Jehoram's threat was meant in grim earnest, and he sent an executioner to carry it out. Elisha was sitting in his house with the elders of the city, who had come81 to him for counsel at this hour of supreme need. He knew what was intended for him, and it had also been revealed to him that the king would follow his messenger to cancel his sanguinary threat. "See ye," he said to the elders, "how this son of a murderer"—for again he indicates his contempt and indignation for the son of Ahab and Jezebel—"hath sent to behead me! When he comes, shut the door, and hold it fast against him. His master is following hard at his heels."

The messenger came, and was refused admittance. The king followed him,126126   In 2 Kings vi. 33 we should read melek (king) for maleak (messenger). Jehoram repented of his hasty order. and entering the room where the prophet and elders sat, he gave up his wicked design of slaying Elisha with the sword, but he overwhelmed him with reproaches, and in despair renounced all further trust in Jehovah. Elisha, as the king's words imply, must have refused all permission to capitulate: he must have held out from the first a promise that God would send deliverance. But no deliverance had come. The people were starving. Women were devouring their babes. Nothing worse could happen if they flung open their gates to the Syrian host. "Behold," the king said, "this evil is Jehovah's doing. You have deceived us. Jehovah does not intend to deliver us. Why should I wait for Him any longer?" Perhaps the king meant to imply that his mother's Baal was better worth serving, and would never have left his votaries to sink into these straits.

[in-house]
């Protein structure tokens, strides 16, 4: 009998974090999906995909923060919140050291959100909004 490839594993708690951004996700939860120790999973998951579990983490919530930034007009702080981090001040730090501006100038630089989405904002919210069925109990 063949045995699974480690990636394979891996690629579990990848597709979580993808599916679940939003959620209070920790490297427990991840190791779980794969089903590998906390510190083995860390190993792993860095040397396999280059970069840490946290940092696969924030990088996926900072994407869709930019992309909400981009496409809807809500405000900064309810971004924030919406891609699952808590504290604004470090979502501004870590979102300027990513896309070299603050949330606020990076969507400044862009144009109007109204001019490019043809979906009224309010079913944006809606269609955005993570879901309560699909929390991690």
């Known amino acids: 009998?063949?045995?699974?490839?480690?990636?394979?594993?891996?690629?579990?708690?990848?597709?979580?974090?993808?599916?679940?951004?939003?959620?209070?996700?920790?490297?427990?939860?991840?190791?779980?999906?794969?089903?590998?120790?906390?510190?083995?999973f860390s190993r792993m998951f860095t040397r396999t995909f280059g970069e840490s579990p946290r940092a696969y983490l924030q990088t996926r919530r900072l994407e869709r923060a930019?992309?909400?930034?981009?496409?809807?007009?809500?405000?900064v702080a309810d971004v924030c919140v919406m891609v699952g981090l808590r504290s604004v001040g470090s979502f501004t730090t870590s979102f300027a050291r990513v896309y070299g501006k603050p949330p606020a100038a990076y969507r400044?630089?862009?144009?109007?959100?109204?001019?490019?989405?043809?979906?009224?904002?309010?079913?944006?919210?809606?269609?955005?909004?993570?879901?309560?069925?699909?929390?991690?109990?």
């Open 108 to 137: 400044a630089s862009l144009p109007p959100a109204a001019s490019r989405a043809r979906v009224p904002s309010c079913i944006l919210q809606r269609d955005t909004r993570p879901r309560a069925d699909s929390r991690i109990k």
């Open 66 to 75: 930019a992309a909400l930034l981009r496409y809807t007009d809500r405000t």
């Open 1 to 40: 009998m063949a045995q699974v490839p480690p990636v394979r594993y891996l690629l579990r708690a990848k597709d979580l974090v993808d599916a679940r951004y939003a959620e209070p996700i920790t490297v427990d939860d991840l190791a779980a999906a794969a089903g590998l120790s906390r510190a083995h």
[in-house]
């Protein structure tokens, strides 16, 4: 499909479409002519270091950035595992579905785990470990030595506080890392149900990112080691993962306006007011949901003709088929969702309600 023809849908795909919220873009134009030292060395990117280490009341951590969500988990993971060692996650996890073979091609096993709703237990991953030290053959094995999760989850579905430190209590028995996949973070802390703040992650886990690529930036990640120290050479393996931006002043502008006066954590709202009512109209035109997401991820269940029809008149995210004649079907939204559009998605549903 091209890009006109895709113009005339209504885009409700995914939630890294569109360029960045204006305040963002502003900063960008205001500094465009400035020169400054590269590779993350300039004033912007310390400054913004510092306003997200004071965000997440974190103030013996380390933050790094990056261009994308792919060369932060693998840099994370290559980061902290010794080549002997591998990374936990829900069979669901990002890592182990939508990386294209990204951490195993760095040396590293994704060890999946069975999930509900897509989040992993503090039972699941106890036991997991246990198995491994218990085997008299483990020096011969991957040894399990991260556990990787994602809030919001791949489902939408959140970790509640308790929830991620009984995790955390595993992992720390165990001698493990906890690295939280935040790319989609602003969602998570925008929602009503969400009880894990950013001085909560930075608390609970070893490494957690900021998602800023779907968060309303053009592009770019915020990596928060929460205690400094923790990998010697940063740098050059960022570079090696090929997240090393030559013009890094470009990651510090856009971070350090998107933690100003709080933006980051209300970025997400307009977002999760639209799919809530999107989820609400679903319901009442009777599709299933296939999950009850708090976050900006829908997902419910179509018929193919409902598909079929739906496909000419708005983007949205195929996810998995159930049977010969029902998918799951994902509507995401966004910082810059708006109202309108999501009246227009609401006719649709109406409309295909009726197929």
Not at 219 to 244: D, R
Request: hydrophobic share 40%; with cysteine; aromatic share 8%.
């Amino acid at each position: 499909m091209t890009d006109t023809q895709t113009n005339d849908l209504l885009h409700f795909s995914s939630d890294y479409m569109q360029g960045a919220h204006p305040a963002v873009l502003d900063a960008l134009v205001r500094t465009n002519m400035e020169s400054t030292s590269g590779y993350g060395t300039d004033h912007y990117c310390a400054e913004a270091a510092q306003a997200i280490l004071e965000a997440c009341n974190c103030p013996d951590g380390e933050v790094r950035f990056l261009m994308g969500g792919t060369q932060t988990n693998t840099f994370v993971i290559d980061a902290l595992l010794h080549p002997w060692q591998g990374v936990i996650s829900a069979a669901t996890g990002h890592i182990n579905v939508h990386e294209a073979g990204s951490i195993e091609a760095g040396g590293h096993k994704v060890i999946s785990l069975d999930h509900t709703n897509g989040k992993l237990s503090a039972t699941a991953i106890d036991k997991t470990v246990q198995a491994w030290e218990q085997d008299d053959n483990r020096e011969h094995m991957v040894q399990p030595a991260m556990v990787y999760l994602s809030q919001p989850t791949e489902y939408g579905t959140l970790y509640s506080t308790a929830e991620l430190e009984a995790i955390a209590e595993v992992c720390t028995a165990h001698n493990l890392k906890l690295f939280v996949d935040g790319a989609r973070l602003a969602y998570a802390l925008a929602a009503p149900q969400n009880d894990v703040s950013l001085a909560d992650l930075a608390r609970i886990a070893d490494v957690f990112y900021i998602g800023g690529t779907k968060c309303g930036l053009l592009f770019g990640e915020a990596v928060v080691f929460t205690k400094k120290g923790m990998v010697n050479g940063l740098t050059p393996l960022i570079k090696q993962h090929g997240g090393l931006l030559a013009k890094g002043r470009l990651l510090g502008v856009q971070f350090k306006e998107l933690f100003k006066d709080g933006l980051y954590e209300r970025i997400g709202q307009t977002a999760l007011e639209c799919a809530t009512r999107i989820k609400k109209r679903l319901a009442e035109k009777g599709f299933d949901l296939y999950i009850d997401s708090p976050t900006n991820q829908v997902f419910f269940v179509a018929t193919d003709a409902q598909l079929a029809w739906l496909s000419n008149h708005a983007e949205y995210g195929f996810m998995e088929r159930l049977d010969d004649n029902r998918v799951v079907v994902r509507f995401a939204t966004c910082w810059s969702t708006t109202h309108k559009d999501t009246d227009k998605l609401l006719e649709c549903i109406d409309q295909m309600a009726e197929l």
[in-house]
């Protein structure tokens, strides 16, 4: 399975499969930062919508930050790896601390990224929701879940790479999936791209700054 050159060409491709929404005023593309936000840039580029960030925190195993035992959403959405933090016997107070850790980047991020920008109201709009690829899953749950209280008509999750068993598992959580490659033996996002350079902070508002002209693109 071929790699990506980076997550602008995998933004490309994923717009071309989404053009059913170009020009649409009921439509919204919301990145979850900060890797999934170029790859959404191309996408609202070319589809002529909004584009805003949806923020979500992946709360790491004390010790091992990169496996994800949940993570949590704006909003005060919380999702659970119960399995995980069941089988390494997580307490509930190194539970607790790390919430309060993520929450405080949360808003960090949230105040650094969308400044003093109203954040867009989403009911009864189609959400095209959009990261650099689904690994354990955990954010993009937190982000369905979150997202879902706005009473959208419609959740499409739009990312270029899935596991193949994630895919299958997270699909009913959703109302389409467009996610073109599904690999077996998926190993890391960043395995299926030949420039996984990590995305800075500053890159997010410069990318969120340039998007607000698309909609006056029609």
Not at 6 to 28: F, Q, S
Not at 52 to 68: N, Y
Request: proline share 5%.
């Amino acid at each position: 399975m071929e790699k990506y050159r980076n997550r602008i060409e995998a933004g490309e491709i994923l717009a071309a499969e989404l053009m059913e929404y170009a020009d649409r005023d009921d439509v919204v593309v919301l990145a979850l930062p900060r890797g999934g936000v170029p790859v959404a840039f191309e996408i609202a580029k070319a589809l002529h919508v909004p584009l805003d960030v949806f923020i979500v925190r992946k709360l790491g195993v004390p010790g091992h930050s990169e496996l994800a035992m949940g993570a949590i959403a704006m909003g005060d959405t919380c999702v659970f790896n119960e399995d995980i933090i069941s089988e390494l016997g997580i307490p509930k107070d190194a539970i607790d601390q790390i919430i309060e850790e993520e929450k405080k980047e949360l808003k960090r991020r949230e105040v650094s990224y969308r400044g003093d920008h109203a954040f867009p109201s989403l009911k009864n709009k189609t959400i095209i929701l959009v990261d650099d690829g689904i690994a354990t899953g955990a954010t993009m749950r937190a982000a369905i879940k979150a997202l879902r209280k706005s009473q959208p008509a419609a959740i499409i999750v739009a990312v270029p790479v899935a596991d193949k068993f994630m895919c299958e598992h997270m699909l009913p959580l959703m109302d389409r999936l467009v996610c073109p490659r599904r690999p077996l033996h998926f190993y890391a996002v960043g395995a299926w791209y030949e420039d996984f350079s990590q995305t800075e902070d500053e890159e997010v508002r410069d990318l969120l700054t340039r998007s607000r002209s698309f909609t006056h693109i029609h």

And now man's extremity had come, and it was God's opportunity. Elisha at last was permitted to announce that the worst was over, that the next day82 plenty should smile on the besieged city. "Thus saith the Lord," he exclaimed to the exhausted and despondent king, "To-morrow about this time, instead of an ass's head being sold for eighty shekels, and a thimbleful of pulse for five shekels, a peck of fine flour shall be sold for a shekel, and two pecks of barley for a shekel, in the gate of Samaria."

The king was leaning on the hand of his chief officer, and to this soldier the promise seemed not only incredible, but silly: for at the best he could only suppose that the Syrian host would raise the siege; and though to hope for that looked an absurdity, yet even that would not in the least fulfil the immense prediction. He answered, therefore, in utter scorn: "Yes! Jehovah is making windows in heaven! But even thus could this be?" It is much as if he should have answered some solemn pledge with a derisive proverb such as, "Yes! if the sky should fall, we should catch larks!"